Understanding the mechanisms underlying resistance is critical to improving therapeutic outcomes in patients with metastatic castration–resistant prostate cancer. Previous work showed that dynamic interconversions between epithelial–mesenchymal transition to mesenchymal–epithelial transition defines the phenotypic landscape of prostate tumors, as a potential driver of the emergence of therapeutic resistance. In this study, we use in vitro and in vivo preclinical MDA PCa patient-derived xenograft models of resistant human prostate cancer to determine molecular mechanisms of cross-resistance between antiandrogen therapy and taxane chemotherapy, underlying the therapeutically resistant phenotype. Transcriptomic profiling revealed that resistant and sensitive prostate cancer C4-2B cells have a unique differential gene signature response to cabazitaxel. Gene pathway analysis showed that sensitive cells exhibit an increase in DNA damage, while resistant cells express genes associated with protein regulation in response to cabazitaxel. The patient-derived xenograft model specimens are from patients who have metastatic lethal castration–resistant prostate cancer, treated with androgen deprivation therapy, antiandrogens, and chemotherapy including second-line taxane chemotherapy, cabazitaxel. Immunohistochemistry revealed high expression of E-cadherin and low expression of vimentin resulting in redifferentiation toward an epithelial phenotype. Furthermore, the mitotic kinesin-related protein involved in microtubule binding and the SLCO1B3 transporter (implicated in cabazitaxel intracellular transport) are associated with resistance in these prostate tumors. Combinational targeting of kinesins (ispinesib) with cabazitaxel was more effective than single monotherapies in inducing cell death in resistant prostate tumors.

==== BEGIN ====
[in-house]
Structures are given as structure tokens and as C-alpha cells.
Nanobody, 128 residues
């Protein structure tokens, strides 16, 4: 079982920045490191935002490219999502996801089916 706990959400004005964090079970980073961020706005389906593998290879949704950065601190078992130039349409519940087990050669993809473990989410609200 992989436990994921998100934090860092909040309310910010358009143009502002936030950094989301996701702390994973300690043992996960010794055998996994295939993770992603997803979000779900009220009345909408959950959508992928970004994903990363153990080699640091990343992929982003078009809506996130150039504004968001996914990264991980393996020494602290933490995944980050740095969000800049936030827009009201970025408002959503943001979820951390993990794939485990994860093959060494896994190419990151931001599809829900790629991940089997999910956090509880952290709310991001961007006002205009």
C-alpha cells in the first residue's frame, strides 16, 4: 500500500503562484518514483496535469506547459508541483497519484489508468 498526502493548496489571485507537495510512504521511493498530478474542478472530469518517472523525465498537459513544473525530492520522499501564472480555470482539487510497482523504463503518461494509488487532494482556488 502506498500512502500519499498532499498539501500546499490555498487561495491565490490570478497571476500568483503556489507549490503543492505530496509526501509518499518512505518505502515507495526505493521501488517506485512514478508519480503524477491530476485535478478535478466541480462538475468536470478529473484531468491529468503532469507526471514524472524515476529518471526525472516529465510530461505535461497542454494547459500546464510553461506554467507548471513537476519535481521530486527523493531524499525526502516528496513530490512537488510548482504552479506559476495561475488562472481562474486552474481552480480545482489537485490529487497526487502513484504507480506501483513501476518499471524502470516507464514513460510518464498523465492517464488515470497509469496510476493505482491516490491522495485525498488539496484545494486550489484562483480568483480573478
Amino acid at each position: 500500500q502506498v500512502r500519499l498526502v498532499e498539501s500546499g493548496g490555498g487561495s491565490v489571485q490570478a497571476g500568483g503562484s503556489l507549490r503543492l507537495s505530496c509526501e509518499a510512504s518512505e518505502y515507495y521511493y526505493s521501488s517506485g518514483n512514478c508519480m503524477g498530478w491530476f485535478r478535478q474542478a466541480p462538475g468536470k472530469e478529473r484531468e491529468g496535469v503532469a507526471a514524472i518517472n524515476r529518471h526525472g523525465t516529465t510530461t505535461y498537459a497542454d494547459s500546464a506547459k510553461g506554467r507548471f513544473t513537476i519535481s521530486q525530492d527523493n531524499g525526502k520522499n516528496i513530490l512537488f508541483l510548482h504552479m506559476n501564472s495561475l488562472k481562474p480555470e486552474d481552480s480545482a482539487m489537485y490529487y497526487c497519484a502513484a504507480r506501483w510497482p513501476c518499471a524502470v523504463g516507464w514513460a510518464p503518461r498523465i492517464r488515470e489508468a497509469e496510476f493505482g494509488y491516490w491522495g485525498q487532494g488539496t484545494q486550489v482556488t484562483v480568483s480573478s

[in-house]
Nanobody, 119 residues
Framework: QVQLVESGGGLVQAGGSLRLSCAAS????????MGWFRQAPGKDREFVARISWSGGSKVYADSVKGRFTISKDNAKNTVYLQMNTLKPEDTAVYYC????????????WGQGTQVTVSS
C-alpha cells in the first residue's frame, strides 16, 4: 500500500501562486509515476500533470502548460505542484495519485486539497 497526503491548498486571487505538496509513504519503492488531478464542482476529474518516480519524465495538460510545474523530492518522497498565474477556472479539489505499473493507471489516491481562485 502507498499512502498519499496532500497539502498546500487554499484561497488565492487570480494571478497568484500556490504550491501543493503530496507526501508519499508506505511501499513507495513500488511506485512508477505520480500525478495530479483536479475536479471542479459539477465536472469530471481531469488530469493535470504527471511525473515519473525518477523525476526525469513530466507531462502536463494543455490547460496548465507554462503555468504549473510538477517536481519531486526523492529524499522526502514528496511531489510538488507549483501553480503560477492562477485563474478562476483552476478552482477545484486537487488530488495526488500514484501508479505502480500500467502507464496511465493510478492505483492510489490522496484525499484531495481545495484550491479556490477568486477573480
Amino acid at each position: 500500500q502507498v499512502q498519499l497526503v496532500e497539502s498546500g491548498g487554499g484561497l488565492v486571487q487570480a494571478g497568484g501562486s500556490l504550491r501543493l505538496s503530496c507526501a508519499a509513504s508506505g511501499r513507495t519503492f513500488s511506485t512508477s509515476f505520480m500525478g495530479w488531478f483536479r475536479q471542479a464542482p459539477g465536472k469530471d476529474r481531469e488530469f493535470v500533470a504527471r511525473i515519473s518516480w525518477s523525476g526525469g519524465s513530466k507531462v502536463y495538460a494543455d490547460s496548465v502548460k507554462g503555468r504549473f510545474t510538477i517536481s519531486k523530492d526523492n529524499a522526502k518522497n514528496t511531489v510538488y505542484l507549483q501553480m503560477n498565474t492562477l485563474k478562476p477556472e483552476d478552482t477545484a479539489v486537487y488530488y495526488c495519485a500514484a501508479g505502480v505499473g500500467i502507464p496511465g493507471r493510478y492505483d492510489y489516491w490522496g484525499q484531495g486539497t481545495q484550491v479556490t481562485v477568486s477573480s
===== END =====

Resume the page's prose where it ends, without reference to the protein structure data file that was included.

Implications: Our findings are of translational significance in identifying kinesin as a novel target of cross-resistance toward enhancing therapeutic vulnerability and improved clinical outcomes in patients with advanced prostate cancer.

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